When emergency drills become incidents: Advice on how to avoid snags from NSW Dept
The Sector > Quality > Compliance > When emergency drills become incidents: Advice on how to avoid snags from NSW Dept

When emergency drills become incidents: Advice on how to avoid snags from NSW Dept

by Freya Lucas

September 24, 2021

The New South Wales Department of Education, which serves as the regulatory authority in NSW, has released information for early childhood education and care (ECEC) providers in relation to the risks associated with emergency and evacuation drills and rehearsals.


“Rehearsals of your emergency procedures should be carried out every three months, even if you have never experienced an emergency situation that required you to evacuate or lockdown at your service,” the Department said.


While these drills ensure that children, staff and families already know what to do in the event of an emergency, there can be some risks associated with evacuating or invacuating in an emergency, and these risks can be uncovered and addressed during such rehearsals.


“Rehearsals can also help you identify and mitigate possible risks to children associated with the evacuation or lockdown procedure, especially when rehearsing during naptime, pick-up or drop-off times,” the Department said.


Some common risks uncovered during rehearsals include:


  • Supervision – For services in a mixed-use building the assembly area may be in a place which may enable unauthorised people to access children.


  • Burnt feet – The route to an assembly point may include paved surfaces that can reach temperatures of up to 60 degrees in summer. To avoid injuries to children’s feet, the Department advised, services should consider changing the evacuation route, requiring children to put their socks and shoes in a basket that can easily be carried out by an educator, or including an outdoor blanket in the evacuation kit that can be thrown down on hot surfaces allowing children to evacuate safely. Very young children learning to walk should go barefoot often, to encourage balance, posture and coordination, so requiring children to wear shoes at all times may not be reasonably practicable.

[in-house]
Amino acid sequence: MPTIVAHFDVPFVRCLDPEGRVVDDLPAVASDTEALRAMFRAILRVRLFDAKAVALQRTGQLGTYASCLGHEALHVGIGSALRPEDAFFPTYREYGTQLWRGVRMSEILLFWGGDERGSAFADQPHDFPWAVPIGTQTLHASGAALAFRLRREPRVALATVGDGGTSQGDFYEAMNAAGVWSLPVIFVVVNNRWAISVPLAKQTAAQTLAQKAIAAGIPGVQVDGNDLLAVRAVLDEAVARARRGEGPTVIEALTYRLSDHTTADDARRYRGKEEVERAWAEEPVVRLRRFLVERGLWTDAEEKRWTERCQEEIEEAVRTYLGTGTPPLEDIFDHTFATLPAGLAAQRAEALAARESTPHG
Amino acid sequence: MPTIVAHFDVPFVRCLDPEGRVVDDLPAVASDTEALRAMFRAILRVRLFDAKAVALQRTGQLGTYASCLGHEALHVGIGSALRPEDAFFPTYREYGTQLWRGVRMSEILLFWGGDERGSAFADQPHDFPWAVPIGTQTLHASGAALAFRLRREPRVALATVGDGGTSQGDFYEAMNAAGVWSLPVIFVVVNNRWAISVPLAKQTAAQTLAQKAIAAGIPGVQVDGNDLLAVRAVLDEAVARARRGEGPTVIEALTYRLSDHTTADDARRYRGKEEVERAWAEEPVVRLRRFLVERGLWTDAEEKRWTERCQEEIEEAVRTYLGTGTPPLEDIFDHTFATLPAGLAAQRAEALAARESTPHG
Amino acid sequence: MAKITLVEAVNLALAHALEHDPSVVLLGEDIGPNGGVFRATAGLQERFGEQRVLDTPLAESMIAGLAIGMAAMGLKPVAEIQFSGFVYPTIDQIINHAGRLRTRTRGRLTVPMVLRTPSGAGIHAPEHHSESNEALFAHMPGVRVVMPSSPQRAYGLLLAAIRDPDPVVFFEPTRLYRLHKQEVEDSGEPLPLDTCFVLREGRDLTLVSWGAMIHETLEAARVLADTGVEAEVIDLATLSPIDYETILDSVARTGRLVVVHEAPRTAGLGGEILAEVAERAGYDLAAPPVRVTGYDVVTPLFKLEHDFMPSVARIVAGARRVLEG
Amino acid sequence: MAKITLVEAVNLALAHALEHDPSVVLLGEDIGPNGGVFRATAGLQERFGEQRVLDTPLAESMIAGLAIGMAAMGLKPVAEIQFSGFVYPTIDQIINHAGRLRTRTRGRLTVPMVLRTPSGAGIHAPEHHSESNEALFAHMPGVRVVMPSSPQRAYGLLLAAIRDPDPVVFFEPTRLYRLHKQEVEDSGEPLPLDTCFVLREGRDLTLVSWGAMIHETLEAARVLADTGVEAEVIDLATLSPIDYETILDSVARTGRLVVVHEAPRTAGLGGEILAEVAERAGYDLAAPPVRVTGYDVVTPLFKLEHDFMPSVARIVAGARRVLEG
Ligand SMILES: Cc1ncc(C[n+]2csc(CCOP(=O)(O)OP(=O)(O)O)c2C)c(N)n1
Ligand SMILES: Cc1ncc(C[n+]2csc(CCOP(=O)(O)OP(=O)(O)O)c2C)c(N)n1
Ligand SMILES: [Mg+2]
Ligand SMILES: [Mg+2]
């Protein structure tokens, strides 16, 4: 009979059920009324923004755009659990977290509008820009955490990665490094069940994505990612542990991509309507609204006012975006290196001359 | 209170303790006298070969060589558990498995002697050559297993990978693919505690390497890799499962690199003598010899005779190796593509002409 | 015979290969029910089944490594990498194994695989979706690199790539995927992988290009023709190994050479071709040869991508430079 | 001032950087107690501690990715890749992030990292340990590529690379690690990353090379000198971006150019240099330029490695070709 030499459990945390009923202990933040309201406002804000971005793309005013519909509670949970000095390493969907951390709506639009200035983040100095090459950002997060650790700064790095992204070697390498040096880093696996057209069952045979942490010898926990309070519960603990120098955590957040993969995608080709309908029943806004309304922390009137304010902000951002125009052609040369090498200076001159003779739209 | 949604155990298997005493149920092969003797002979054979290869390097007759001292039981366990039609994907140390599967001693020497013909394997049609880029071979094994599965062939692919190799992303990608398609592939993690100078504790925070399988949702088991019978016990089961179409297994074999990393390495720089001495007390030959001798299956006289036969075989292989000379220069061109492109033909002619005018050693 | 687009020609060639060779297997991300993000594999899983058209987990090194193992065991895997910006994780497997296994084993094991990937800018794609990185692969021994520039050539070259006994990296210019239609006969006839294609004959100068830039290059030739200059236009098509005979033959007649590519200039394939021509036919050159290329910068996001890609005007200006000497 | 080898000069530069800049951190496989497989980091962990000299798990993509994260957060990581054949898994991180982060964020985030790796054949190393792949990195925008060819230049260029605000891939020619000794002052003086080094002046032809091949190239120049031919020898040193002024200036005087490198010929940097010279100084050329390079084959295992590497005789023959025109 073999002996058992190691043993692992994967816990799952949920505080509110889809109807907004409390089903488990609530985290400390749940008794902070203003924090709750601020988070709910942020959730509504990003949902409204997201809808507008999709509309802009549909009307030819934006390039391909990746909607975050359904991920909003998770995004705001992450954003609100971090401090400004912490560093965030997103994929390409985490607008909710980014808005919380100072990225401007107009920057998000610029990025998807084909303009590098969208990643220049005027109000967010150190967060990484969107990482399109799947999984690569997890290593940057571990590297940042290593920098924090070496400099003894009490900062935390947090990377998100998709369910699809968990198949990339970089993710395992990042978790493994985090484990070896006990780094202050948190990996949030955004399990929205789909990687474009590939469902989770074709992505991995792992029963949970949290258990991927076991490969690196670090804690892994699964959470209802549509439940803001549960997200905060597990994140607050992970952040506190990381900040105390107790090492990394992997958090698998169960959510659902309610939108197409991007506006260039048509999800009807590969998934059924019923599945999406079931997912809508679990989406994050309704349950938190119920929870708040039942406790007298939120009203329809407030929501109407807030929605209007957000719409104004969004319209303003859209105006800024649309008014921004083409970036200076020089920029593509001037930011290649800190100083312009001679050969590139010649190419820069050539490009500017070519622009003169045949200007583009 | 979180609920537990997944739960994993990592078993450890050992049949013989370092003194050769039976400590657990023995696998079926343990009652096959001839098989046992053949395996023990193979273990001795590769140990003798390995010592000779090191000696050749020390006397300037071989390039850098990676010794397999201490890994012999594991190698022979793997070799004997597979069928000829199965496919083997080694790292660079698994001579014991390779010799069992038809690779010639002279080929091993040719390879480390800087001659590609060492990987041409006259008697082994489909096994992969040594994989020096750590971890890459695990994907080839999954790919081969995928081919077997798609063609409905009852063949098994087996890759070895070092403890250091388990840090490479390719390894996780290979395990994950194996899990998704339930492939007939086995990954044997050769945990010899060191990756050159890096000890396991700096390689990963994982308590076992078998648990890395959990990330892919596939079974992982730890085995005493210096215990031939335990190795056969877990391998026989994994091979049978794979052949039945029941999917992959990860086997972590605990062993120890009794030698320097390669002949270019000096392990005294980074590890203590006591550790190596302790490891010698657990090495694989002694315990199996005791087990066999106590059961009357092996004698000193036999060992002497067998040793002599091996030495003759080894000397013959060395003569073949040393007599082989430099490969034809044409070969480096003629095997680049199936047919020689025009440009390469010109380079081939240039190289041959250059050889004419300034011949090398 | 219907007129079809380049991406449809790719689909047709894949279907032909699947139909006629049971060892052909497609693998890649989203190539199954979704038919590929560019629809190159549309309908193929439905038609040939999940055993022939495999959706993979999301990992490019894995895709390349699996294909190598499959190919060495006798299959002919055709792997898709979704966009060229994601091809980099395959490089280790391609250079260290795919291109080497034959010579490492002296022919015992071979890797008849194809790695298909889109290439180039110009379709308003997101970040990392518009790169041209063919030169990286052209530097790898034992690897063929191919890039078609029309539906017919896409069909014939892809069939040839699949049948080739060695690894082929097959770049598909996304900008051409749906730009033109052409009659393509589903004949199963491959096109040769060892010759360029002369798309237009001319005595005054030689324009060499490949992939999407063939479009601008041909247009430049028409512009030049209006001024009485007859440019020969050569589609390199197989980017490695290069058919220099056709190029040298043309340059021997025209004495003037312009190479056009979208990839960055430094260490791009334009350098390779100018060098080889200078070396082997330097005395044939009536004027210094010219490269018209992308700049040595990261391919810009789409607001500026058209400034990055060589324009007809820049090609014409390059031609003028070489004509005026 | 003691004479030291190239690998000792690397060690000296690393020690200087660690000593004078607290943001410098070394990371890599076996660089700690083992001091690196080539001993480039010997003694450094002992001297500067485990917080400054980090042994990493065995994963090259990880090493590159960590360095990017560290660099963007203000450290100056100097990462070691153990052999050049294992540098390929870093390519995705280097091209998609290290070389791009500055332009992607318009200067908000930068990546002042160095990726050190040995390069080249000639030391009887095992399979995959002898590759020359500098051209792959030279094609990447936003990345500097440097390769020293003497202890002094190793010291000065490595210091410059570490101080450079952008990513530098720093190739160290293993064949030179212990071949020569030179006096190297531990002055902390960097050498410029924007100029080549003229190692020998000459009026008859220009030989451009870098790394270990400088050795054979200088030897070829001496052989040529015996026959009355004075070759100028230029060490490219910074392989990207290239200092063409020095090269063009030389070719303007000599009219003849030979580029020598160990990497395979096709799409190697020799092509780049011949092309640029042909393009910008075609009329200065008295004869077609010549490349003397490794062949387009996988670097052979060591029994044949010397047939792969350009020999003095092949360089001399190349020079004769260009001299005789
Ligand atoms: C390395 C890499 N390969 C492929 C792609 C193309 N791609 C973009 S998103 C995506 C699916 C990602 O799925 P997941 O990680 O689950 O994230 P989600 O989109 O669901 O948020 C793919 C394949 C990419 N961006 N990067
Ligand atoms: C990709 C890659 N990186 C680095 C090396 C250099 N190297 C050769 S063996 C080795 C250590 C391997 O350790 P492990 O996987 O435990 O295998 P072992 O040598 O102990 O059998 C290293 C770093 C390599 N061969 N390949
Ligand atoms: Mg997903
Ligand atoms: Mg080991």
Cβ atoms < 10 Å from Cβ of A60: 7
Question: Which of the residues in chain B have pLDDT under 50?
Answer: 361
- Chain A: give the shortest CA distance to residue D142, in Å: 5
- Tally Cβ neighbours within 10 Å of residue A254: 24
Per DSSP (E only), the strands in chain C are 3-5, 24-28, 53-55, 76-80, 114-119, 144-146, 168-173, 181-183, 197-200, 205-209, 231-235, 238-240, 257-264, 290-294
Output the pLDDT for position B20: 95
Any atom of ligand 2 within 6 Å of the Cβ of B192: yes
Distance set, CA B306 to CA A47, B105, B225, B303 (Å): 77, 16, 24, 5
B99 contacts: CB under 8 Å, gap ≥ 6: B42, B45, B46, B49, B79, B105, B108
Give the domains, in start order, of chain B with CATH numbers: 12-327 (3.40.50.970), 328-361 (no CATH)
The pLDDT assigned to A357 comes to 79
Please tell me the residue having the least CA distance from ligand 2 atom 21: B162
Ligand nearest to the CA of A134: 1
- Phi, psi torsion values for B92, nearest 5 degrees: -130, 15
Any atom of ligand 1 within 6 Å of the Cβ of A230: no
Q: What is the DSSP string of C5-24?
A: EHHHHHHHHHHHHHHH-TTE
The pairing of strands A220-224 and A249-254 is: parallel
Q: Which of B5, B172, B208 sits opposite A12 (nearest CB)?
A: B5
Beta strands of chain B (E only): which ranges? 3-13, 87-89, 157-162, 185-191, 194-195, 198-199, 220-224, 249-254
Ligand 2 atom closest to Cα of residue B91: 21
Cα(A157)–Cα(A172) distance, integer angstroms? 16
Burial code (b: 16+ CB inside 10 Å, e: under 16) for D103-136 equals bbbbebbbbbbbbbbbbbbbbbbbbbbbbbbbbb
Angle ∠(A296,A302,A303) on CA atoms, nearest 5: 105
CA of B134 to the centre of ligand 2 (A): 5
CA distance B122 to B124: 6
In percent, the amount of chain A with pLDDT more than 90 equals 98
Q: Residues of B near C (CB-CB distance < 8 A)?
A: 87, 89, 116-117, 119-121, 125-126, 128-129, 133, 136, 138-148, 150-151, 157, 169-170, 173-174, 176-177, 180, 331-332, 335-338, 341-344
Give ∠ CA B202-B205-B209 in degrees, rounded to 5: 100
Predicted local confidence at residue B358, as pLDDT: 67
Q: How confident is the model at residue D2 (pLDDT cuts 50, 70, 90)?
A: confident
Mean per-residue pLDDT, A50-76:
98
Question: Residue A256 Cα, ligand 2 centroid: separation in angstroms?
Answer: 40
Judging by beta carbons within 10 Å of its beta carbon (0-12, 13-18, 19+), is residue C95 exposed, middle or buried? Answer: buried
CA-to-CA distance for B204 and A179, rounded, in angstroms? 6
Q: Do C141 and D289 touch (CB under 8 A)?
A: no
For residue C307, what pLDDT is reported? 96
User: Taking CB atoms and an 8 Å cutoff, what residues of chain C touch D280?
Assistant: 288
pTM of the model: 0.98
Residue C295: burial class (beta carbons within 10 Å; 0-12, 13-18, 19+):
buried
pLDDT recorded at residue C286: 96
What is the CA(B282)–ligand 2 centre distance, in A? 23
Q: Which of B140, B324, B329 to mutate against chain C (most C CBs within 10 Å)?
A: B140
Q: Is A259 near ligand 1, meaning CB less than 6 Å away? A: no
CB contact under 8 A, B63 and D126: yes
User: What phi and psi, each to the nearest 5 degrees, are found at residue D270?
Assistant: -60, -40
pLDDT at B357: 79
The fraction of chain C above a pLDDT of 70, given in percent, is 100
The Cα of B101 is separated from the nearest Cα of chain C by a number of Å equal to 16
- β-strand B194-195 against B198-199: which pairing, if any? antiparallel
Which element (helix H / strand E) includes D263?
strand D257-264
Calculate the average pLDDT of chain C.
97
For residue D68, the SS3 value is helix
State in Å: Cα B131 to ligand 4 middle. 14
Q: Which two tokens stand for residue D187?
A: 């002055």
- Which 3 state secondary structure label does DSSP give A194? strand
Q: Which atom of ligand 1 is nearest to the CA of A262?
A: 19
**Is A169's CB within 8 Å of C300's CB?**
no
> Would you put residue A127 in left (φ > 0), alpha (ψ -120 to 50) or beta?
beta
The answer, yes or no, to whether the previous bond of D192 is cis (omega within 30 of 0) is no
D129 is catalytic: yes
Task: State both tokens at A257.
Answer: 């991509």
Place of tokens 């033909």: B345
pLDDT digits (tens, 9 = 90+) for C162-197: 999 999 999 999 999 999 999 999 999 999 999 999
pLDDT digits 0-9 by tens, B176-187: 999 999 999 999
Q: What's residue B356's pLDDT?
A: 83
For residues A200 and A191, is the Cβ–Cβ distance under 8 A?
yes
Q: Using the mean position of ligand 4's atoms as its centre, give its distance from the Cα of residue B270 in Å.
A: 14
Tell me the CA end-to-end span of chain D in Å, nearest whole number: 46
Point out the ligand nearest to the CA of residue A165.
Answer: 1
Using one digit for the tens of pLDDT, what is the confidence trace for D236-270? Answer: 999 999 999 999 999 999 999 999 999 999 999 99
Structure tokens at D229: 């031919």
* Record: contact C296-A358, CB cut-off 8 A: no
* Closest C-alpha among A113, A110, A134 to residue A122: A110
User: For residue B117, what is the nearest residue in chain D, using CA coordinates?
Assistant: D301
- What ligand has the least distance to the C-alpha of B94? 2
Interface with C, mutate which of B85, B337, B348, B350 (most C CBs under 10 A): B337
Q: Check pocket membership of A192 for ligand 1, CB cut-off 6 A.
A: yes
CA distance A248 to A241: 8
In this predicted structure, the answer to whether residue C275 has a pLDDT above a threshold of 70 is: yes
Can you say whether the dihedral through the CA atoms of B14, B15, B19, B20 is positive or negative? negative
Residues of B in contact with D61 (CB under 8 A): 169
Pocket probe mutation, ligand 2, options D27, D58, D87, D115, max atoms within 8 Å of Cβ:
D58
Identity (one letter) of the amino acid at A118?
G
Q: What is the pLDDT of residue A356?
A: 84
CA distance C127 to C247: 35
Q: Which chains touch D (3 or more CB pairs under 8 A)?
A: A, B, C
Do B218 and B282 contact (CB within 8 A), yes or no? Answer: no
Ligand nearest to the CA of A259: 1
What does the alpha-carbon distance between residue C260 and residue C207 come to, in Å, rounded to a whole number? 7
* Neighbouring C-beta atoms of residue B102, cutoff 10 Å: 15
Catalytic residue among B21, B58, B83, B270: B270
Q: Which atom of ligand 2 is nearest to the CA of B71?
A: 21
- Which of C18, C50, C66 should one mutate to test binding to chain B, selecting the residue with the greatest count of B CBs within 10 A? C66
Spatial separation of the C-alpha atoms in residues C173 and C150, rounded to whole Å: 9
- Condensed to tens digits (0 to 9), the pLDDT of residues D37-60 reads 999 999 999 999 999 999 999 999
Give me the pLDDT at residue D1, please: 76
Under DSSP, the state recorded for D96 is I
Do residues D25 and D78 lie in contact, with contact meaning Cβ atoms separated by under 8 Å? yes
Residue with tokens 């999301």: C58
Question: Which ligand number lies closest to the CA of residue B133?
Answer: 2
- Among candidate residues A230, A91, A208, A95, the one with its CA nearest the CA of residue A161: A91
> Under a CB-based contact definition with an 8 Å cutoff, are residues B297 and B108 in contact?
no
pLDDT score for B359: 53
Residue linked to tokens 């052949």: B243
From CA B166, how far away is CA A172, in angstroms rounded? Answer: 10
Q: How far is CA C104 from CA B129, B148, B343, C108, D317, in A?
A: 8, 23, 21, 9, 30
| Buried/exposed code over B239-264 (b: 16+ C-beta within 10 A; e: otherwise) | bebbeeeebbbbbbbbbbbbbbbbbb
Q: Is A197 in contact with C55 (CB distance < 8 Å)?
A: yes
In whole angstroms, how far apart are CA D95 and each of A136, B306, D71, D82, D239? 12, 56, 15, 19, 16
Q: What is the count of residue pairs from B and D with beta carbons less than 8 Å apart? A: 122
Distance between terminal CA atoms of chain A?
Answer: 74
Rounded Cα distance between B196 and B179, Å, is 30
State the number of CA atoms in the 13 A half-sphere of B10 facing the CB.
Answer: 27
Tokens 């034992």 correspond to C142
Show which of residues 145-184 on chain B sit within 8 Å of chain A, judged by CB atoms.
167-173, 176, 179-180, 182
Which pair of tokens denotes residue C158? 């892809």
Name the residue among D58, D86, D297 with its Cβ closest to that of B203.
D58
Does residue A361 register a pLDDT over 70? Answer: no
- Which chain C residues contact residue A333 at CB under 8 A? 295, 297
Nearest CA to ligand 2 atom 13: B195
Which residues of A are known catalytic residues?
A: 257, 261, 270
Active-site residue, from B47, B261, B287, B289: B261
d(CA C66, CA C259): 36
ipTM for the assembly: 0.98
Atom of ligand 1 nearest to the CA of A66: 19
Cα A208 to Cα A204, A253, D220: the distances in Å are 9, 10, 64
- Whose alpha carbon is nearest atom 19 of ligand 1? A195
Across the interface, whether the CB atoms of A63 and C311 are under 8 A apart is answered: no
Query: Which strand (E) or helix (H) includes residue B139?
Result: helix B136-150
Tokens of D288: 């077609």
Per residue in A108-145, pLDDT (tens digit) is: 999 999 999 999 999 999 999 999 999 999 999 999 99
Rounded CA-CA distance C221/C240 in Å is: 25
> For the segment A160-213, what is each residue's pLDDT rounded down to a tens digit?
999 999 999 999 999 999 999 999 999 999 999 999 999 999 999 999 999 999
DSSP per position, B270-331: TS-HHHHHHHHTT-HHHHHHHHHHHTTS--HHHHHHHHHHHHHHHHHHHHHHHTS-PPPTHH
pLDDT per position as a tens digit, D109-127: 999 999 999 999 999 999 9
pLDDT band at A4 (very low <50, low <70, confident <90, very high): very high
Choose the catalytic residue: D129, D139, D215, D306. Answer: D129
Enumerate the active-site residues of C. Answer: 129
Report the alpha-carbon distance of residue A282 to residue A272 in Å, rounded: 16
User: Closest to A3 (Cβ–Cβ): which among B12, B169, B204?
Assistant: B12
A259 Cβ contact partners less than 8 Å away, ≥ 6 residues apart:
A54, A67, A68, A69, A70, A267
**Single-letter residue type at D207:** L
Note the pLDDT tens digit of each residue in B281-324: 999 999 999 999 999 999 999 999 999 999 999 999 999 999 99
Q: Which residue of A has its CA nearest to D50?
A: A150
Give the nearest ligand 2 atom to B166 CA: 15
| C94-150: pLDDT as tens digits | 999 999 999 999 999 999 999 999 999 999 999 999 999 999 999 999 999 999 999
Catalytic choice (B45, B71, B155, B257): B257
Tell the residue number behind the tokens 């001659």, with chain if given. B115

• Children’s development stages – Consider assigning more educators to assist very young children to evacuate, especially in the event that services need to navigate stairs.


  • Emergency equipment – If evacuation cots are used, do they easily fit through the doors on  the evacuation route? Are educators trained to use fire extinguishers if safe to do so?


To aid services in identifying and addressing which risks may be relevant to each service, the department has created a suite of resources and templates to assist with emergency and evacuation rehearsals and enable services to critically reflect on what went well and what might be done differently for future rehearsals.


Further information about preparing for and managing emergencies can also be found on the department’s website.

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